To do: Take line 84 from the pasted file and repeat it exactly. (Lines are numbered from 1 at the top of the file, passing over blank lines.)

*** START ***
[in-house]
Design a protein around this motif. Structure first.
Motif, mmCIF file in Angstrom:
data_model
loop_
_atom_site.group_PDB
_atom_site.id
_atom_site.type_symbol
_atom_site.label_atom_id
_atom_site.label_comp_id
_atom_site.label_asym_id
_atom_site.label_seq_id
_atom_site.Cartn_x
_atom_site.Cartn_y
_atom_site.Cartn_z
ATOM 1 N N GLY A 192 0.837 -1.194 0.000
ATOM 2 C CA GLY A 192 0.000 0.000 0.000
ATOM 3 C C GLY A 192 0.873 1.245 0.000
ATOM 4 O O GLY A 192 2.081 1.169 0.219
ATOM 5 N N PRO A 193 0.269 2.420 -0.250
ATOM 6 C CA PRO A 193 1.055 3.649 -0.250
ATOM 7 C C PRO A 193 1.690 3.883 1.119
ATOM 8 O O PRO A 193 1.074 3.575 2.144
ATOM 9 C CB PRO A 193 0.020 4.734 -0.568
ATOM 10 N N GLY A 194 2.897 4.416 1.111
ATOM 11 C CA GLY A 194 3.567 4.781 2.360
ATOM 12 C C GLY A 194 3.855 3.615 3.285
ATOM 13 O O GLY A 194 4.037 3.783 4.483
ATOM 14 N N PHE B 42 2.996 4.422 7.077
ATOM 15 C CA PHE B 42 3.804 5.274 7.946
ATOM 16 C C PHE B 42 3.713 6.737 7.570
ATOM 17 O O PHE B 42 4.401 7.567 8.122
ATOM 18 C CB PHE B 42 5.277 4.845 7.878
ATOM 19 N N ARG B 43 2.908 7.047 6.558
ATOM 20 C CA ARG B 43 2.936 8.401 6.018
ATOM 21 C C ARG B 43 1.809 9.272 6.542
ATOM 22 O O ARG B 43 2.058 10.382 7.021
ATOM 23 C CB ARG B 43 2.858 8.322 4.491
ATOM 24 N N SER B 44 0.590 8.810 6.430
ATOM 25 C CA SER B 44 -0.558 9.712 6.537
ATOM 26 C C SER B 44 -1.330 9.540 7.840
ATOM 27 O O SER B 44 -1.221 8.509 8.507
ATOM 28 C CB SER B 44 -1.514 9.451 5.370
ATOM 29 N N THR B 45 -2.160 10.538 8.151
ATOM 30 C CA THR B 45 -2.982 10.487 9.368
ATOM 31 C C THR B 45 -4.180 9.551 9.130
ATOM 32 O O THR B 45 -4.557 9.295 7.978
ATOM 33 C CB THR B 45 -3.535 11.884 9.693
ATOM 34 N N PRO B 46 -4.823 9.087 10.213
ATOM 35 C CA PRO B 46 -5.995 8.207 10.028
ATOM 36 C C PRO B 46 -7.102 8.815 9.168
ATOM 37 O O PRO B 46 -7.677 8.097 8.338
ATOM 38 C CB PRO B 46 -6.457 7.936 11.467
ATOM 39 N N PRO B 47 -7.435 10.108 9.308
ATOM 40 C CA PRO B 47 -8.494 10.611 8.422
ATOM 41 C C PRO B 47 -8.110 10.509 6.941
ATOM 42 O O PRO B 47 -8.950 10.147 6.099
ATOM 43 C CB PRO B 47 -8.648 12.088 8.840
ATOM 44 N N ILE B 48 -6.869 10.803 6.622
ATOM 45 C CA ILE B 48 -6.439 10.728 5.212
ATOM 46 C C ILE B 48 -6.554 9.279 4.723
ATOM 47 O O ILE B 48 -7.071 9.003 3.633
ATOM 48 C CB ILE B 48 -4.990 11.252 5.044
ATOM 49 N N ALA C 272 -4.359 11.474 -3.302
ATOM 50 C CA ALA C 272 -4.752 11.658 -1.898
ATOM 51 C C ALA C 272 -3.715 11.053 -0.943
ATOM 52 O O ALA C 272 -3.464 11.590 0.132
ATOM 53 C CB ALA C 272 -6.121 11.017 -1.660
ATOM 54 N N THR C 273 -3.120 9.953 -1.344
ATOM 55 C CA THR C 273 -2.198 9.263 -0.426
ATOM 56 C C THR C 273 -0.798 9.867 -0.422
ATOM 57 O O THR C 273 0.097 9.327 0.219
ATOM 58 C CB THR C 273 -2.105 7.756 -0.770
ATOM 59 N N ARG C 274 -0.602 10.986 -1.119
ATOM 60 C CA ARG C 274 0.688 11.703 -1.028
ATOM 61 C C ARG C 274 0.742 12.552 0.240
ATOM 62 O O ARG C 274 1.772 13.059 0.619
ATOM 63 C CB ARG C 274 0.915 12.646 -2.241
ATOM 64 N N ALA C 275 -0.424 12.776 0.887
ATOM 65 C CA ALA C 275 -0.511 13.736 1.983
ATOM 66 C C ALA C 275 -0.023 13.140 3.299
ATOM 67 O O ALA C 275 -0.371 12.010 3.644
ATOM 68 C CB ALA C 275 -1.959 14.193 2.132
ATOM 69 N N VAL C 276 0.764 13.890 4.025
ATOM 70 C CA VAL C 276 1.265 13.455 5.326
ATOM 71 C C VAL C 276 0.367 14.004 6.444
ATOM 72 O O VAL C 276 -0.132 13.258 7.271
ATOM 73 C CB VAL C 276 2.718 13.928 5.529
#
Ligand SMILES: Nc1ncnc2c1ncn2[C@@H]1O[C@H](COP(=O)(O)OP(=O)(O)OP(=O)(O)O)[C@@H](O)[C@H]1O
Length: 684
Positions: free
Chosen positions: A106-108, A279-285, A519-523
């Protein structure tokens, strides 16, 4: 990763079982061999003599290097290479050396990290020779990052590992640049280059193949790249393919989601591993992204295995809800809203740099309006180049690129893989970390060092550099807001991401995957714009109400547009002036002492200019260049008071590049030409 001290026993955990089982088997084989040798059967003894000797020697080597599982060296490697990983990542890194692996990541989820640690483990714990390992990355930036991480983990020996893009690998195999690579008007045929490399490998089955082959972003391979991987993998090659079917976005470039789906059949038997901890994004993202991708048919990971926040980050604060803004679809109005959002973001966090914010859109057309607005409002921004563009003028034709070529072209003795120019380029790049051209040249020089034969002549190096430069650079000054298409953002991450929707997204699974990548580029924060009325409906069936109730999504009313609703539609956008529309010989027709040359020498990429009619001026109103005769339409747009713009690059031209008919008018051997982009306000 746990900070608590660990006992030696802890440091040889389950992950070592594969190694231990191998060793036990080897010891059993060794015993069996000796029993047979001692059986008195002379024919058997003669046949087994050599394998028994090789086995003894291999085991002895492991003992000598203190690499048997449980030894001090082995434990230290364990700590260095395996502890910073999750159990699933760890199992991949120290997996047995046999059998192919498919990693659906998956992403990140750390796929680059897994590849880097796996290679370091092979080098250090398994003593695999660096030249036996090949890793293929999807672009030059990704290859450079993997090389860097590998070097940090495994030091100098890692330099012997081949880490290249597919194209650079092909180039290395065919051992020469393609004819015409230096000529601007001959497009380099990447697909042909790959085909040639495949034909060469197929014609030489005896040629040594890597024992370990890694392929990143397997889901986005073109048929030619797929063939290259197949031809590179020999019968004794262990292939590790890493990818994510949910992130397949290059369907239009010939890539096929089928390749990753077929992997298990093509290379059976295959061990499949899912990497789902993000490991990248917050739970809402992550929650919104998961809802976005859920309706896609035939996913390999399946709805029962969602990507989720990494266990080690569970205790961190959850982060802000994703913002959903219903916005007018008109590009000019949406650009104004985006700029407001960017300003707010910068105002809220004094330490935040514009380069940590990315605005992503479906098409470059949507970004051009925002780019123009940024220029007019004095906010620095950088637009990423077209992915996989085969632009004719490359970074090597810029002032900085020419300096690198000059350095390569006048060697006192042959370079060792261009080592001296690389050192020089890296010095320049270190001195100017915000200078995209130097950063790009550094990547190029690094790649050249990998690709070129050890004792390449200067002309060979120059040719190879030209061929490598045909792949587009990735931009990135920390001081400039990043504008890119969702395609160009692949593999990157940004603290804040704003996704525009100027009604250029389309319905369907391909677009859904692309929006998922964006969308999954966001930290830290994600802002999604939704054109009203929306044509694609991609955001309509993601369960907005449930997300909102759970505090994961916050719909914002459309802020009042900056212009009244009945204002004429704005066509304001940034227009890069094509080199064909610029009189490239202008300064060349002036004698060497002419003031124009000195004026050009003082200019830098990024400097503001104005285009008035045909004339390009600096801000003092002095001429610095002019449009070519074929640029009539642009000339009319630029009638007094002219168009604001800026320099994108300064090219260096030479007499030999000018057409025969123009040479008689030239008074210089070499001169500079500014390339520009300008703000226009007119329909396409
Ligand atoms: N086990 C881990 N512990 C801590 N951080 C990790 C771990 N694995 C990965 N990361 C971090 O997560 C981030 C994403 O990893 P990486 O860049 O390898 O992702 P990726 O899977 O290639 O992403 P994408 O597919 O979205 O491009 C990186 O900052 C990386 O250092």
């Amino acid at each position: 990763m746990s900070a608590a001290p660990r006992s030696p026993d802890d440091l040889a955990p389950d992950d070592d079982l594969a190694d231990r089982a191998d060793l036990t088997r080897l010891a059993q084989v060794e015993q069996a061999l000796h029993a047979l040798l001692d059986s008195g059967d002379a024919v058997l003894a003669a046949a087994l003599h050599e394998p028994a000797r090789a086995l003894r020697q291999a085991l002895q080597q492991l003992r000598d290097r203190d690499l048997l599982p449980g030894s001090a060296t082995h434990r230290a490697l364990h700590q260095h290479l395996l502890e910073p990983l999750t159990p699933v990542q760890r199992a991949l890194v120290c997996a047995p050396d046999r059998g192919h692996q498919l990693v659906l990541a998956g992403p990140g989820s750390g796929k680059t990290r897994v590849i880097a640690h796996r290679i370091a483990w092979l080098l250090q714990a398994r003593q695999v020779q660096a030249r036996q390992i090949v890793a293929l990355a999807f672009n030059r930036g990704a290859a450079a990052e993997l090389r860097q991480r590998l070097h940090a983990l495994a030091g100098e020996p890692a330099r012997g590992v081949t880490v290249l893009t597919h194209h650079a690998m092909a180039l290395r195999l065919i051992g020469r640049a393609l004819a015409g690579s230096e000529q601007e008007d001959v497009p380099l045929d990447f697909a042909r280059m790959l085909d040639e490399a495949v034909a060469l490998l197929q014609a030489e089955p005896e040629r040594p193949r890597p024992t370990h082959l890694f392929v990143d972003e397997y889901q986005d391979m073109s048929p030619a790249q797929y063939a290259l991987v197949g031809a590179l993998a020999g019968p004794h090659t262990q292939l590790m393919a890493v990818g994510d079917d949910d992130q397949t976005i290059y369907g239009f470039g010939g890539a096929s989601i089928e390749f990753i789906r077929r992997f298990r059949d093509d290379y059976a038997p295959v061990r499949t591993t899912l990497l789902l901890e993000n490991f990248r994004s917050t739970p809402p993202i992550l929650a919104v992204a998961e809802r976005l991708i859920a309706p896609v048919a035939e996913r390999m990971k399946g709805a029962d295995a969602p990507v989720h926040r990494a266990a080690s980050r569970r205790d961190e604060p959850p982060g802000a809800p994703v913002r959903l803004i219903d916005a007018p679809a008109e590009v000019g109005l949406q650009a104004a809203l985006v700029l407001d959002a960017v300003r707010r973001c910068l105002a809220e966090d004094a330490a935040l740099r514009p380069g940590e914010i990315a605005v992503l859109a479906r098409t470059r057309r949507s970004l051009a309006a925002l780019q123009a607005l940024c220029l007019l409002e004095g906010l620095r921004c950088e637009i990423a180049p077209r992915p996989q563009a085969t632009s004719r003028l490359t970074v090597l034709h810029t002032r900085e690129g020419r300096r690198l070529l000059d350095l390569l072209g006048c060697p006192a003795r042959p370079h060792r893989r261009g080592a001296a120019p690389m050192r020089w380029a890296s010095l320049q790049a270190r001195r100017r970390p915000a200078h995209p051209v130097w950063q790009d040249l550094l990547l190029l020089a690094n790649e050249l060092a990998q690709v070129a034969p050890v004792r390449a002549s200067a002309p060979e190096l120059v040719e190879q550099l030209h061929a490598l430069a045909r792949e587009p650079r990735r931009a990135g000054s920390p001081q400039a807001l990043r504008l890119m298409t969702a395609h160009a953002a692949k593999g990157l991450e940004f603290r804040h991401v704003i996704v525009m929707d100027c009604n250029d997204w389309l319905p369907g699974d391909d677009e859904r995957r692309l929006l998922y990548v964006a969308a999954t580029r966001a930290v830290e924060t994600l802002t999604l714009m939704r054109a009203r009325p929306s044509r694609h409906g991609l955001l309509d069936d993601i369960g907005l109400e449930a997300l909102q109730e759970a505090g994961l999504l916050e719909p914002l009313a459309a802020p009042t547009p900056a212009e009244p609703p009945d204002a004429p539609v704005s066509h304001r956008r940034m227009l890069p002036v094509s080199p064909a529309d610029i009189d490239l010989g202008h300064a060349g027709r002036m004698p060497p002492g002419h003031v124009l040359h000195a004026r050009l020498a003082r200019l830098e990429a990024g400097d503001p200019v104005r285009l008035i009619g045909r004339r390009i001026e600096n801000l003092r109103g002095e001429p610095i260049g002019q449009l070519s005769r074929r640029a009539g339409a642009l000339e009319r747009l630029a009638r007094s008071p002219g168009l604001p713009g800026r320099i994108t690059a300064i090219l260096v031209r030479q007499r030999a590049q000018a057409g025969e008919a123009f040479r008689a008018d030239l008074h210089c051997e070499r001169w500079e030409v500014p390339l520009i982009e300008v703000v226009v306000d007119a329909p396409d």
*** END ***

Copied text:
ATOM 69 N N VAL C 276 0.764 13.890 4.025